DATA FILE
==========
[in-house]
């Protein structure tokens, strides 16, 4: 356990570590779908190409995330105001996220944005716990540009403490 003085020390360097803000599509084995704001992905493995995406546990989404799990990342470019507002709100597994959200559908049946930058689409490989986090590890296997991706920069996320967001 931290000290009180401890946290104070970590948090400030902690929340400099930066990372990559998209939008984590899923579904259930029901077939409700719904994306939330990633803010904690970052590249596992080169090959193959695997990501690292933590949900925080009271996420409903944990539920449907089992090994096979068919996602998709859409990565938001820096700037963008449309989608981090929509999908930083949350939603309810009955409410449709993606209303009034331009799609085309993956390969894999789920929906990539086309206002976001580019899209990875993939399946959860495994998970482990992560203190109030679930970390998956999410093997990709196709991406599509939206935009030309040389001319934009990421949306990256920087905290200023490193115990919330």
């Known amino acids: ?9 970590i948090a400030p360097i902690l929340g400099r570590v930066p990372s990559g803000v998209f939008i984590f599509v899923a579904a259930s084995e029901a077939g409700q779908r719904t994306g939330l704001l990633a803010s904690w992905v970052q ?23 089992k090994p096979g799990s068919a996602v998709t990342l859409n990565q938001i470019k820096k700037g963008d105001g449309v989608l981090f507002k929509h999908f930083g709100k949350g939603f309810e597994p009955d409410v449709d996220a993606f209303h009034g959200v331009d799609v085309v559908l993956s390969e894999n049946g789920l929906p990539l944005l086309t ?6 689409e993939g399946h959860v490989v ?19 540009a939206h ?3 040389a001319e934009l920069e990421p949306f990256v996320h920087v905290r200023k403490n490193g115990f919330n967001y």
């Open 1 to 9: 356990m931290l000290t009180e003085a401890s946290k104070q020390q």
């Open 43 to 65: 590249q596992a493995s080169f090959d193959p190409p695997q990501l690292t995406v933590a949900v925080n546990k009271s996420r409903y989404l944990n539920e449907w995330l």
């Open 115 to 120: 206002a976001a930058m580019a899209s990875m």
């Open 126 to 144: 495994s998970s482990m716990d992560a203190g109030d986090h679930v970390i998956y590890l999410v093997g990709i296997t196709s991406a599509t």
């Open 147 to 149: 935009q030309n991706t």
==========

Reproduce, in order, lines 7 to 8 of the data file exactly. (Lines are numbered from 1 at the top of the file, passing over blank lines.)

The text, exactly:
């Open 126 to 144: 495994s998970s482990m716990d992560a203190g109030d986090h679930v970390i998956y590890l999410v093997g990709i296997t196709s991406a599509t």
């Open 147 to 149: 935009q030309n991706t």